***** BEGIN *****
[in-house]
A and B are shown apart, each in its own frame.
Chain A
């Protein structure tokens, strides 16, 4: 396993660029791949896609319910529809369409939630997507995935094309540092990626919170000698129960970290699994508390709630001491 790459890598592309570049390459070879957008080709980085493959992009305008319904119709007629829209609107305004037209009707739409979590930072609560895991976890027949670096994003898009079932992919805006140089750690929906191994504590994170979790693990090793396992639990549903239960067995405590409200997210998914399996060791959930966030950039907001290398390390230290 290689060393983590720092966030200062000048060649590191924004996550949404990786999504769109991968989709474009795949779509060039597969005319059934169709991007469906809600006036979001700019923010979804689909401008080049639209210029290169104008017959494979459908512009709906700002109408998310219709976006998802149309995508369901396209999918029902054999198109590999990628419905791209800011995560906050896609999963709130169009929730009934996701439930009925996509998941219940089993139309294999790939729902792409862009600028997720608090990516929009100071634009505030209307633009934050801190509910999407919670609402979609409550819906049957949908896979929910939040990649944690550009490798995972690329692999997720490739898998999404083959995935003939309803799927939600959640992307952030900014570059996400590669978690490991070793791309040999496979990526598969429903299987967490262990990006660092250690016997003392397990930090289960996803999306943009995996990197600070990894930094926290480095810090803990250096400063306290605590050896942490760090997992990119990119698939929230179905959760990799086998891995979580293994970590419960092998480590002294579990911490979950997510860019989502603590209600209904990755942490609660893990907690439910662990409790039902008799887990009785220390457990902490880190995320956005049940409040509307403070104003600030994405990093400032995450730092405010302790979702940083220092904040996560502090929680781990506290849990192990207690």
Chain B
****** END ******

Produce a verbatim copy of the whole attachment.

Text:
[in-house]
A and B are shown apart, each in its own frame.
Chain A
């Protein structure tokens, strides 16, 4: 396993660029791949896609319910529809369409939630997507995935094309540092990626919170000698129960970290699994508390709630001491 790459890598592309570049390459070879957008080709980085493959992009305008319904119709007629829209609107305004037209009707739409979590930072609560895991976890027949670096994003898009079932992919805006140089750690929906191994504590994170979790693990090793396992639990549903239960067995405590409200997210998914399996060791959930966030950039907001290398390390230290 290689060393983590720092966030200062000048060649590191924004996550949404990786999504769109991968989709474009795949779509060039597969005319059934169709991007469906809600006036979001700019923010979804689909401008080049639209210029290169104008017959494979459908512009709906700002109408998310219709976006998802149309995508369901396209999918029902054999198109590999990628419905791209800011995560906050896609999963709130169009929730009934996701439930009925996509998941219940089993139309294999790939729902792409862009600028997720608090990516929009100071634009505030209307633009934050801190509910999407919670609402979609409550819906049957949908896979929910939040990649944690550009490798995972690329692999997720490739898998999404083959995935003939309803799927939600959640992307952030900014570059996400590669978690490991070793791309040999496979990526598969429903299987967490262990990006660092250690016997003392397990930090289960996803999306943009995996990197600070990894930094926290480095810090803990250096400063306290605590050896942490760090997992990119990119698939929230179905959760990799086998891995979580293994970590419960092998480590002294579990911490979950997510860019989502603590209600209904990755942490609660893990907690439910662990409790039902008799887990009785220390457990902490880190995320956005049940409040509307403070104003600030994405990093400032995450730092405010302790979702940083220092904040996560502090929680781990506290849990192990207690």
Chain B